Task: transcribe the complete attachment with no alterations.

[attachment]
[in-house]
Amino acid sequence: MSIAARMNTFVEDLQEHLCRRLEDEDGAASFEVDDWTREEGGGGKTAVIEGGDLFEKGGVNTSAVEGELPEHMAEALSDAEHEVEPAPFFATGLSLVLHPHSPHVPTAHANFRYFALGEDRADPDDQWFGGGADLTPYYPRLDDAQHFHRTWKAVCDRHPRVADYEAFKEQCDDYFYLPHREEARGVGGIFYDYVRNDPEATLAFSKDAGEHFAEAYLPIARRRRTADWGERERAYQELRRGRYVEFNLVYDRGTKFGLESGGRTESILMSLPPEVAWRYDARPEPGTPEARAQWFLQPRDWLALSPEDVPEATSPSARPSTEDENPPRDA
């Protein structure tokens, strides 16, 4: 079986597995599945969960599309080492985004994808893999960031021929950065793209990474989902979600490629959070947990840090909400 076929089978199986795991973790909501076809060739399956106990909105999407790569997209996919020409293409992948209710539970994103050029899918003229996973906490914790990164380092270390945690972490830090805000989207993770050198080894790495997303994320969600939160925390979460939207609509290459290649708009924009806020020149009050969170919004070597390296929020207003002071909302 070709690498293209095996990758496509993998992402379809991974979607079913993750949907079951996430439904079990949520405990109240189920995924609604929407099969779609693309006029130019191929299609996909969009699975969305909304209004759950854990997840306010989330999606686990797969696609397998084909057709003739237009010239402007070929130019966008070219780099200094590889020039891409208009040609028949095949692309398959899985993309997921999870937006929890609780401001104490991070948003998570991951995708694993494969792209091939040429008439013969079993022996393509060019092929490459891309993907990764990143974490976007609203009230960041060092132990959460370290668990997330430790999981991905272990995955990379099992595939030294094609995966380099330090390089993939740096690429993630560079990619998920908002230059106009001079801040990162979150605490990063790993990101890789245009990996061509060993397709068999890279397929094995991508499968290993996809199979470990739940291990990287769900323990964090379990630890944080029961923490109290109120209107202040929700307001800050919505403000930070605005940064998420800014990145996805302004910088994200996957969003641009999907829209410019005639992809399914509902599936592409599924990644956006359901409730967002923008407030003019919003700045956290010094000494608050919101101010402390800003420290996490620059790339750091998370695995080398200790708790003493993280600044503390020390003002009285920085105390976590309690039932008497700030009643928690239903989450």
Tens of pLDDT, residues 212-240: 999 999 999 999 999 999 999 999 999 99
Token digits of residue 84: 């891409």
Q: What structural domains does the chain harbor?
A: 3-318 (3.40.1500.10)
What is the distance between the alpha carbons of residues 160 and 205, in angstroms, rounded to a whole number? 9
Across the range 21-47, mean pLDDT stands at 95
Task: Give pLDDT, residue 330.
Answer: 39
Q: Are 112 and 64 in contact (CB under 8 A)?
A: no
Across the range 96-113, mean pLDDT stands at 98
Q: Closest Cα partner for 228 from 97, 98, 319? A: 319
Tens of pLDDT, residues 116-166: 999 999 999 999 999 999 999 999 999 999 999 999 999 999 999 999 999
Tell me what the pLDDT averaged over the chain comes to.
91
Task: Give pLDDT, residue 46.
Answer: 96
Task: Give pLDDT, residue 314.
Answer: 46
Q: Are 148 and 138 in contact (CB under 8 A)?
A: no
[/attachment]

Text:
[in-house]
Amino acid sequence: MSIAARMNTFVEDLQEHLCRRLEDEDGAASFEVDDWTREEGGGGKTAVIEGGDLFEKGGVNTSAVEGELPEHMAEALSDAEHEVEPAPFFATGLSLVLHPHSPHVPTAHANFRYFALGEDRADPDDQWFGGGADLTPYYPRLDDAQHFHRTWKAVCDRHPRVADYEAFKEQCDDYFYLPHREEARGVGGIFYDYVRNDPEATLAFSKDAGEHFAEAYLPIARRRRTADWGERERAYQELRRGRYVEFNLVYDRGTKFGLESGGRTESILMSLPPEVAWRYDARPEPGTPEARAQWFLQPRDWLALSPEDVPEATSPSARPSTEDENPPRDA
């Protein structure tokens, strides 16, 4: 079986597995599945969960599309080492985004994808893999960031021929950065793209990474989902979600490629959070947990840090909400 076929089978199986795991973790909501076809060739399956106990909105999407790569997209996919020409293409992948209710539970994103050029899918003229996973906490914790990164380092270390945690972490830090805000989207993770050198080894790495997303994320969600939160925390979460939207609509290459290649708009924009806020020149009050969170919004070597390296929020207003002071909302 070709690498293209095996990758496509993998992402379809991974979607079913993750949907079951996430439904079990949520405990109240189920995924609604929407099969779609693309006029130019191929299609996909969009699975969305909304209004759950854990997840306010989330999606686990797969696609397998084909057709003739237009010239402007070929130019966008070219780099200094590889020039891409208009040609028949095949692309398959899985993309997921999870937006929890609780401001104490991070948003998570991951995708694993494969792209091939040429008439013969079993022996393509060019092929490459891309993907990764990143974490976007609203009230960041060092132990959460370290668990997330430790999981991905272990995955990379099992595939030294094609995966380099330090390089993939740096690429993630560079990619998920908002230059106009001079801040990162979150605490990063790993990101890789245009990996061509060993397709068999890279397929094995991508499968290993996809199979470990739940291990990287769900323990964090379990630890944080029961923490109290109120209107202040929700307001800050919505403000930070605005940064998420800014990145996805302004910088994200996957969003641009999907829209410019005639992809399914509902599936592409599924990644956006359901409730967002923008407030003019919003700045956290010094000494608050919101101010402390800003420290996490620059790339750091998370695995080398200790708790003493993280600044503390020390003002009285920085105390976590309690039932008497700030009643928690239903989450």
Tens of pLDDT, residues 212-240: 999 999 999 999 999 999 999 999 999 99
Token digits of residue 84: 């891409």
Q: What structural domains does the chain harbor?
A: 3-318 (3.40.1500.10)
What is the distance between the alpha carbons of residues 160 and 205, in angstroms, rounded to a whole number? 9
Across the range 21-47, mean pLDDT stands at 95
Task: Give pLDDT, residue 330.
Answer: 39
Q: Are 112 and 64 in contact (CB under 8 A)?
A: no
Across the range 96-113, mean pLDDT stands at 98
Q: Closest Cα partner for 228 from 97, 98, 319? A: 319
Tens of pLDDT, residues 116-166: 999 999 999 999 999 999 999 999 999 999 999 999 999 999 999 999 999
Tell me what the pLDDT averaged over the chain comes to.
91
Task: Give pLDDT, residue 46.
Answer: 96
Task: Give pLDDT, residue 314.
Answer: 46
Q: Are 148 and 138 in contact (CB under 8 A)?
A: no